You might think that a sluggish liver is something that only heavy drinkers or fans of fried food have to worry about. However, conditions like fatty livers are becoming increasingly common among people who don’t drink much alcohol at all. In fact, a fatty liver affects up to 25 to 30 percent of us. And its effects can be far-reaching.
Let’s start with an important distinction. It is true that alcoholics are more prone to fatty livers, or hepatic steatosis. When a problem drinker has too much fat in their liver, it’s also called alcoholic fatty liver disease. Perhaps not surprisingly, in non-alcoholics this condition is called non-alcoholic fatty liver disease.
What exactly is a fatty liver?
A simple explanation is that it happens when fat accumulates in the liver. Your liver is an organ that metabolises the fat in your diet, and it's normal to have some fat in and around it. But excessive amounts can lead to inflammation. That can lead to scarring, and if left unchecked, cirrhosis, which carries many health risks. The end result can be eventual liver failure, which can be fatal. In fact, it’s the 12th most common cause of death in the U.S.
Of course, for most of us, the consequences of a fatty liver aren’t as severe. However, a fatty liver can take a big toll on your overall well being and energy levels.
Symptoms of a Fatty Liver
Dull Ache Behind the Ribs
Have you ever felt a nagging pain in the upper right quadrant of your abdomen, the area just behind your lower rib cage? That can be a sign of liver problems. The pain is often felt as a dull ache, but can progress to include nausea or vomiting.
Here’s another question: Do you ever feel chronically tired? If you feel as if you can’t catch up on getting enough rest, or that you just don’t have the energy that you used to, you might want to investigate your liver function. After all, your liver is responsible for processing the nutrients from the food that you eat. When it’s not functioning properly, you could miss out on valuable sources of energy.
Because these symptoms can be easily dismissed, it’s important to see a qualified practitioner if you suspect a sluggish liver, as proper testing such as a blood test and sometimes ultrasound are necessary to diagnose the condition or to put your mind at ease.
Causes of Fatty Livers
The “classic” cause of liver problems is excessive drinking. However, more people who are experiencing fatty liver symptoms aren’t heavy drinkers at all.
So, what’s to blame? Obesity. That’s largely because obesity creates the kind of inflammation that leads to your liver storing fat. The connection between a fatty liver and obesity isn’t a simple matter of how much you weigh. It’s also connected to where that body fat is stored. Fat that accumulates around your belly is more likely to signal liver issues.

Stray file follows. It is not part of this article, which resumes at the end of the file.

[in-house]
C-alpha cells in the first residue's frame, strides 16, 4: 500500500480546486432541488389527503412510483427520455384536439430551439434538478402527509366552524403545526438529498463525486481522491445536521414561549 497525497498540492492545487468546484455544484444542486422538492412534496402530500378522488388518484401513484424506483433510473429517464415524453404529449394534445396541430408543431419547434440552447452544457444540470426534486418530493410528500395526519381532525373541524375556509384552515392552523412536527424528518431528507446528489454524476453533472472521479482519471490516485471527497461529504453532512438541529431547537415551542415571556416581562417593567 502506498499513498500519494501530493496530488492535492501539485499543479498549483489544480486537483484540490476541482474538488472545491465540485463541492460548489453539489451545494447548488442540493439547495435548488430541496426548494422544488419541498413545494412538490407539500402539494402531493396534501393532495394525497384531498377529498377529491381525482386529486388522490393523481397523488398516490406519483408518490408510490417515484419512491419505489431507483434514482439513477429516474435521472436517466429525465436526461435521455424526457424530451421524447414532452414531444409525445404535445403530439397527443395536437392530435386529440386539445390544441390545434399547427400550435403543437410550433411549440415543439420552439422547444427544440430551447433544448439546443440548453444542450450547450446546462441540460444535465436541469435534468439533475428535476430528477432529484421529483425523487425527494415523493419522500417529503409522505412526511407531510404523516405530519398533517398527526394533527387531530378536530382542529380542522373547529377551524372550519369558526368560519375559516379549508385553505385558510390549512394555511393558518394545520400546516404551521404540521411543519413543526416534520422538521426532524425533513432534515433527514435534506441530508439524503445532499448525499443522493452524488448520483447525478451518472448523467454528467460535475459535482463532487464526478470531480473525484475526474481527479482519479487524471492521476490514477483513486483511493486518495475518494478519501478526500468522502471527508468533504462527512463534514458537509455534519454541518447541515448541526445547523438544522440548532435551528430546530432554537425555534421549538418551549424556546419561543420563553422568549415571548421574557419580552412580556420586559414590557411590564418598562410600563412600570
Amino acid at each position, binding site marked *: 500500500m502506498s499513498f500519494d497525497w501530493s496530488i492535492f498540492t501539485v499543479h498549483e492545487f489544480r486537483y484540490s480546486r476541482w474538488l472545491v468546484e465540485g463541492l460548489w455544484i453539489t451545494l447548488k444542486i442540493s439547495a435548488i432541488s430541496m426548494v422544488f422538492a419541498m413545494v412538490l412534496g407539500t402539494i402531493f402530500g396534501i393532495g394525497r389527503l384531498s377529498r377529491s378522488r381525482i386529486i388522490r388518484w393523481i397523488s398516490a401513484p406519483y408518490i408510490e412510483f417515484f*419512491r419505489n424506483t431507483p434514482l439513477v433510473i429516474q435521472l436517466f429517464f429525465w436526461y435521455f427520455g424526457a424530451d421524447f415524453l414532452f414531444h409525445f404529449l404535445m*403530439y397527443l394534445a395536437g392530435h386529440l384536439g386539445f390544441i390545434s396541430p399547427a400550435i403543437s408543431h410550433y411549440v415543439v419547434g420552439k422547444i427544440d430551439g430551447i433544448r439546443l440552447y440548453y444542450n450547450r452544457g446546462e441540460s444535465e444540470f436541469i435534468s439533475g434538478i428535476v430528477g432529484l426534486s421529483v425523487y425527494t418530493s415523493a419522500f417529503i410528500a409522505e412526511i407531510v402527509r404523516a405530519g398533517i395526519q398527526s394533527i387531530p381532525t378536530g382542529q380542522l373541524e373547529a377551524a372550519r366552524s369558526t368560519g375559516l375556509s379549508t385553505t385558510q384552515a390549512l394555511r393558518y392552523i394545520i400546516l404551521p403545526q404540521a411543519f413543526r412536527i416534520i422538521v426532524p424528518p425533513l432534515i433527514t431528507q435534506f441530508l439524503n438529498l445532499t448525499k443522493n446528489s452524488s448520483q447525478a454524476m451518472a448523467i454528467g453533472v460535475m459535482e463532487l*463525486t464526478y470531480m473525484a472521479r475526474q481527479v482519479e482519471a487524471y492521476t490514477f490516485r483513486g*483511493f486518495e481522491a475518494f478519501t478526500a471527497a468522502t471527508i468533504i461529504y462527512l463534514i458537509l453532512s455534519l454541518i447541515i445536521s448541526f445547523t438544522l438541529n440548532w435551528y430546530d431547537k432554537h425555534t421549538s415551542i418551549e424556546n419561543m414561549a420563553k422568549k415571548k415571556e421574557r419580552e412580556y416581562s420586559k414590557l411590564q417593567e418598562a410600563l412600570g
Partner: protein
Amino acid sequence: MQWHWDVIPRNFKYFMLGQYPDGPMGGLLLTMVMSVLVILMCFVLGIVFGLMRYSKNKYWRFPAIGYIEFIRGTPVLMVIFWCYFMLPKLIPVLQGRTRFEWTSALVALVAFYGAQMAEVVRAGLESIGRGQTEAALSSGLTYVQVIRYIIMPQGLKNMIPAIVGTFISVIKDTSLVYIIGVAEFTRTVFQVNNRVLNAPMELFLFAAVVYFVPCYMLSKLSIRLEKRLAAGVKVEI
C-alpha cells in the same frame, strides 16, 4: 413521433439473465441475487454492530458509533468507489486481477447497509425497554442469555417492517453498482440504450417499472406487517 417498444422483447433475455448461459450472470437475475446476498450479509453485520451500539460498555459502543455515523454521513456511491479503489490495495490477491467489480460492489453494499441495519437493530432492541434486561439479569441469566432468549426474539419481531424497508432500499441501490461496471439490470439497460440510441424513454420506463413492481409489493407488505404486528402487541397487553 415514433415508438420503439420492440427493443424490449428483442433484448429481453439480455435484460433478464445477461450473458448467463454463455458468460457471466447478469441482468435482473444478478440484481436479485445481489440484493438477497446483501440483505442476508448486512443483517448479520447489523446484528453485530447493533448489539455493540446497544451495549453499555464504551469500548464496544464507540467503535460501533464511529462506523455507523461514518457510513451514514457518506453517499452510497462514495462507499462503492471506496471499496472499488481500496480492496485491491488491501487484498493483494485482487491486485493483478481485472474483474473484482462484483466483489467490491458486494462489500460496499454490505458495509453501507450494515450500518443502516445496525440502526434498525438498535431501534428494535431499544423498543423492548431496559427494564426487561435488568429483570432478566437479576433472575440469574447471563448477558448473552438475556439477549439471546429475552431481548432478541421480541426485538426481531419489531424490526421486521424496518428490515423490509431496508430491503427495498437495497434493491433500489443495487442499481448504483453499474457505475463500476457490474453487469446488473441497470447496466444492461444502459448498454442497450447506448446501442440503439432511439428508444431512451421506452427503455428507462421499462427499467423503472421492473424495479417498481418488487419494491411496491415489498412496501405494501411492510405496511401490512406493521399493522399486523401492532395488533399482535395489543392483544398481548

High Sugar Diet
A diet high in sugar and simple carbohydrates can trigger liver issues as well. Although you may have thought that a high-fat diet would be the prime culprit, simple carbs are equally at risk for creating a fatty liver. That’s because a high-carb diet can lead to inflammation as well as creating conditions in your gut microbiota that promote fat absorption in the liver. In particular, drinking too many sweet drinks is a major cause of liver fat accumulation.
Treating a Fatty Liver
Studies have found that the most effective way to treat fatty livers is to lose weight. Even a small amount of weight loss can help reduce inflammation, improve fat metabolism and improve liver function.
A whole-foods, low-carb approach to dropping extra pounds is often effective. Strategies that have been found to help liver health include:
● Consuming lots of fibre to improve elimination
● Drinking antioxidant green tea
● Choosing healthy monounsaturated fats, which are found in foods such as avocados, olive oil, and nuts
● Adding plenty of nutritious and anti-inflammatory green vegetables such as broccoli
● Choosing fish high in omega 3 fatty acids, such as salmon and sardines
At the same time, you should limit:
● Red meat
● Refined white carbs such as white bread and white rice
In addition, exercise can help lower the levels of fat in your liver. Interestingly, the benefits of exercise happen even if weight loss isn’t the end result.
Low-intensity cardio, high-intensity interval training, and strength training have all been proven to be effective. The most important thing is to be consistent with the activities you enjoy.
Supplements to Support Liver Metabolism
Several supplements show promise in treating fatty livers, including milk thistle and berberine. Discuss these with your Naturopathic doctor to make sure that they are right for you.
Your liver is amazingly resilient, in fact it is the only visceral organ in your body that is able to regenerate. A full liver can regenerate from as little as 25% of the original liver! Taking action to protect the health of your liver will help to protect your energy levels and prevent more serious health problems down the road.
If you have been diagnosed with Fatty Liver Disease or if would like to go over the lifestyle changes that can help prevent liver damage, please give us a call. We can help.